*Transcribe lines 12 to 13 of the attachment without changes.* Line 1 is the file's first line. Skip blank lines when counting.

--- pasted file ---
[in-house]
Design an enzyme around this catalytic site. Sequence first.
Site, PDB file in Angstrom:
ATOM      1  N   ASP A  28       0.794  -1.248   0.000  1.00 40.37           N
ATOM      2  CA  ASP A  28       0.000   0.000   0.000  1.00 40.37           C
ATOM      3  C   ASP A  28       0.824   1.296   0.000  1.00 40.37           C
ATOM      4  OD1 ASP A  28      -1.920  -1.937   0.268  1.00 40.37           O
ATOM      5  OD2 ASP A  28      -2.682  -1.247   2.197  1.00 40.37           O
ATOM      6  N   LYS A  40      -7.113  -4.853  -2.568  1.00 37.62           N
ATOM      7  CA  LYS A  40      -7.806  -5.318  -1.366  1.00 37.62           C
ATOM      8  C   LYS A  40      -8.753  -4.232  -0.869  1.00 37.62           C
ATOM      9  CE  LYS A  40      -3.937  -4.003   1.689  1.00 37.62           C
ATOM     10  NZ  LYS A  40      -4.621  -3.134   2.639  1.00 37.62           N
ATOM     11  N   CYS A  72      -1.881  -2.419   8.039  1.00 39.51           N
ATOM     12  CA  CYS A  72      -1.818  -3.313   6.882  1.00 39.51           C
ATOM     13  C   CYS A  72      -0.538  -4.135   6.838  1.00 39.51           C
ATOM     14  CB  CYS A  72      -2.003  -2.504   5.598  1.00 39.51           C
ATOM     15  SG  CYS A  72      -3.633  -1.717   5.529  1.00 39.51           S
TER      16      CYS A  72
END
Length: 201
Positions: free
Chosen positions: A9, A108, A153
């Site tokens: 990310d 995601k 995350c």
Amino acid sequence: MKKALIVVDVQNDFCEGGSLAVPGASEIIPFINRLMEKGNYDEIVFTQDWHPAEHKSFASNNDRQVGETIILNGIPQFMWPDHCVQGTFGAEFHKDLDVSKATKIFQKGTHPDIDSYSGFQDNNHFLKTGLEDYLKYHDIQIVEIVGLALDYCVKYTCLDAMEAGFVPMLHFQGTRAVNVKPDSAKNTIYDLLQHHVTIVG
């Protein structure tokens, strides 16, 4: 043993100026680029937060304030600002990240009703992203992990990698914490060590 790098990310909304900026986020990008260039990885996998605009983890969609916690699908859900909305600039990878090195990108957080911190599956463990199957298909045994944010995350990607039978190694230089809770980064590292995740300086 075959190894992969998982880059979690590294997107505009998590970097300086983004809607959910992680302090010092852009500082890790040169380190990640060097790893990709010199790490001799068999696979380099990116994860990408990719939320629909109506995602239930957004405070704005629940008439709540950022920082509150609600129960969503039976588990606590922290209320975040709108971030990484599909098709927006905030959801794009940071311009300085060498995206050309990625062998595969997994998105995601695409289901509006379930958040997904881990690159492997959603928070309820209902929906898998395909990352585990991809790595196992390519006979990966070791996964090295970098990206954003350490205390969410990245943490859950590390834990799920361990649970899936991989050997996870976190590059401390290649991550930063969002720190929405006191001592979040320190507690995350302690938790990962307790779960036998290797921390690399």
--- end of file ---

ATOM      9  CE  LYS A  40      -3.937  -4.003   1.689  1.00 37.62           C
ATOM     10  NZ  LYS A  40      -4.621  -3.134   2.639  1.00 37.62           N